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Gate Theatre, London W11

Towards the end of Strindberg's , one character describes how he had all his actions planned out like a chess game. This comes as no surprise, since the whole play is so schematic and dry it makes a chess handbook seem an inviting read.

is an unwholesome mix of incredible plotting and unadulterated Strindbergian anguish about women. In this work, the playwright was working out his confused feelings for his wife through some cod-psychological nonsense about a woman always belonging to her first husband. So we get the phantoms of his jealousy on stage.

Tekla's maudlin second husband, the invalid Adolf, is pounced on in a hotel morning room by the avenging first husband, Gustav, who proceeds to pollute his unsuspecting mind against her, then prove, by seducing Tekla, that she still belongs to him. The strain of it all proves too much - Adolf's weak spirit and heart give up, and everyone is left with nothing. The characters are unbelievable, the dialogue starchy and flat, and the whole thing laced with Strindberg's most unacceptable utterings on women - "a half-developed man; a youth with udders on his chest" and so forth. Despite a strong cast (Jonathan Arun, Peter Tate and Sorkina Tate) and an elegant set (Moggie Douglas), Claire Nielson's production cannot transform this lead into gold. Perhaps in other hands it might sparkle and achieve some savage, raw power, but it is hard to credit it.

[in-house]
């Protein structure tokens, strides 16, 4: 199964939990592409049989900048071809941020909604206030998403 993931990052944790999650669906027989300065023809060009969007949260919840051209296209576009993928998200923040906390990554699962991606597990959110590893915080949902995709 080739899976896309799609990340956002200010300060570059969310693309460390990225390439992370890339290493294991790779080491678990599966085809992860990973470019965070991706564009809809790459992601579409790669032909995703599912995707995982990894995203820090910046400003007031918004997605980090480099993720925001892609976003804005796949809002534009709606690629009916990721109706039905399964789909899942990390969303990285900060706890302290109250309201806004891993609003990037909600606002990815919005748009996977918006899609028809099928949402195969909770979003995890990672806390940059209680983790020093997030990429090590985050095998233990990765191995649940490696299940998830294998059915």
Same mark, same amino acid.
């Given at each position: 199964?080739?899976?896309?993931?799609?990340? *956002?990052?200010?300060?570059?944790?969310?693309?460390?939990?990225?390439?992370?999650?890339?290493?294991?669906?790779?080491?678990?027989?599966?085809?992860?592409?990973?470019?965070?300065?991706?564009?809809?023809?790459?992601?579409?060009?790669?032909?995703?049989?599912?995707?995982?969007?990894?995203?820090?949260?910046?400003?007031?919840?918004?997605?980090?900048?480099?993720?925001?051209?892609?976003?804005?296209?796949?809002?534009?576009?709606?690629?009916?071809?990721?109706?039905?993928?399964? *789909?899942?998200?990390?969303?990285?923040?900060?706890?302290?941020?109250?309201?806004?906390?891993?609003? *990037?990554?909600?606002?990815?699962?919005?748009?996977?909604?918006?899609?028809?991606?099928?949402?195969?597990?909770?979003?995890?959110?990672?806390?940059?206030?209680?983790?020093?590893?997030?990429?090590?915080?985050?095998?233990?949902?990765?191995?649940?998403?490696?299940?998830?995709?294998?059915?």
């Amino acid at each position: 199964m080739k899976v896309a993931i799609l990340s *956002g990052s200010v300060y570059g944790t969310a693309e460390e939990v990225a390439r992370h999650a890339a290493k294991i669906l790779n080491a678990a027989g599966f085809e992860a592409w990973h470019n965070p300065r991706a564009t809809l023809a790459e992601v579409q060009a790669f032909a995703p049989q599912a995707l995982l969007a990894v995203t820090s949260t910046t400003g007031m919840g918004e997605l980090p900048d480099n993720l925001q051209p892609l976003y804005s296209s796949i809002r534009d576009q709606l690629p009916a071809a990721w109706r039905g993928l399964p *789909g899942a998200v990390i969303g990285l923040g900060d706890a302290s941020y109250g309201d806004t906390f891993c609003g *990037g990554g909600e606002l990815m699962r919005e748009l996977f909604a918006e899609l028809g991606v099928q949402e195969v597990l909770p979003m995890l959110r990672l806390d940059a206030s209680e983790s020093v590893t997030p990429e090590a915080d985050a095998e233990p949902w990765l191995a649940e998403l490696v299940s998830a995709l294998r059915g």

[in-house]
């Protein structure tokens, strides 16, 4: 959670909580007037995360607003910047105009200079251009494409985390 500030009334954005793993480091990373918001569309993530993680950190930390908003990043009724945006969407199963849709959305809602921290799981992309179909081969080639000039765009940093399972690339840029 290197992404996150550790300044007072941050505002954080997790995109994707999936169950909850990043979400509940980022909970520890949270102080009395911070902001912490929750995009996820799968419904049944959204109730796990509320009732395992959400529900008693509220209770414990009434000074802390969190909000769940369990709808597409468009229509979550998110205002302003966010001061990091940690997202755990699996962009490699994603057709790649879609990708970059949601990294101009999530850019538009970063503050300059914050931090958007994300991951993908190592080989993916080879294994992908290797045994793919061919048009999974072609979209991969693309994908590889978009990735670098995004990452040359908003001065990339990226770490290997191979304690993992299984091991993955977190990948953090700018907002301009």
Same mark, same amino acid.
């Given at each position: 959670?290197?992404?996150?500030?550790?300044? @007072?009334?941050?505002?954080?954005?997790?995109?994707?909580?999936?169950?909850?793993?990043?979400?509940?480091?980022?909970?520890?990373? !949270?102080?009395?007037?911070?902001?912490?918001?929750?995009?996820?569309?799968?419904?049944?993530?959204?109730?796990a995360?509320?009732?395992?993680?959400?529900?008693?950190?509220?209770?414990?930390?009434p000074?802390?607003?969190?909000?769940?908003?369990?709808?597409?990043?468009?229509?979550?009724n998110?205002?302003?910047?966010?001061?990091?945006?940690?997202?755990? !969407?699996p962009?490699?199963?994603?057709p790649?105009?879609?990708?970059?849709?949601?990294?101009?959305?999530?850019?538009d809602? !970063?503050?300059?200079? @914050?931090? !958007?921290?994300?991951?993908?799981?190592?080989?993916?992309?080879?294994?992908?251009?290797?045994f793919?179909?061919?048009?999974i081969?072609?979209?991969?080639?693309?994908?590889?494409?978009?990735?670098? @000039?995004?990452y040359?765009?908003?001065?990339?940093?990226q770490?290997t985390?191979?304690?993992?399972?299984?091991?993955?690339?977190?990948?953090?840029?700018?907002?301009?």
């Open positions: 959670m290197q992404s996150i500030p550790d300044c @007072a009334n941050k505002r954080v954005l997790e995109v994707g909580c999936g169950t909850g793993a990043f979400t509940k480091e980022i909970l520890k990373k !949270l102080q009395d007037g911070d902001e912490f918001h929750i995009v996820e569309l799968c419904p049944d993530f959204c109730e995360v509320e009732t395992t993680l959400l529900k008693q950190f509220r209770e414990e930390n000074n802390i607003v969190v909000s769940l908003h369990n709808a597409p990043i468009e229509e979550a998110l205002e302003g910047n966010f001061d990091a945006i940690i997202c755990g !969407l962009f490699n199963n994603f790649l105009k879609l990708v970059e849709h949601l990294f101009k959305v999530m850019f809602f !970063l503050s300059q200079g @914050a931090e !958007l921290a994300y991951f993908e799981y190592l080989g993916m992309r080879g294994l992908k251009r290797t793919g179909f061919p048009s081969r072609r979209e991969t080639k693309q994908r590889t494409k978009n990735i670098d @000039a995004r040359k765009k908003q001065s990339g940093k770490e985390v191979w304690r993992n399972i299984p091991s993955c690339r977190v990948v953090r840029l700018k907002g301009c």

Hell Bent

Drill Hall, London WC1

Nigel Charnock's show scored two walk-outs within five minutes the night I saw it. Perhaps they were offended by the material; perhaps they were upset by the pain Charnock inflicts on himself. Whatever, it was an interesting statement, one that Charnock should treasure, since his performances flirt wildly with danger, both physical and artistic.

Charnock is a founder of the DV8 dance group, and Hell Bent, the last in a trilogy of solo shows, uses all the means of physical and vocal expression he has at his command to trawl through the depths of a damaged sexual psyche. His stage persona, a drag-artist suffering from a broken heart and unrequited sex drive, repeatedly slips between categories and flouts the boundaries of taste. He sings torch-songs (beautifully), he plunges from ladders, hurls himself to the floor, seduces a mannequin, witters away to himself (shaking his dandelion hair like a Pekinese), does a stand- up routine about masturbation, reveals the acne on his cheeks (not his face) and half suffocates himself.

Most memorable is his duet with a large crucifix, around which he drapes himself seductively, freezing into Christ-like positions. It is shocking, but also poignant: as he writhes around he expresses not only sexual longing, but spiritual emptiness. He hovers on the verge of excess, then nips the performance back with charm and self-deprecation. It is an outrageous, vulnerable and engaging show from a virtuoso. He is tackling Ibsen next; stand well back.

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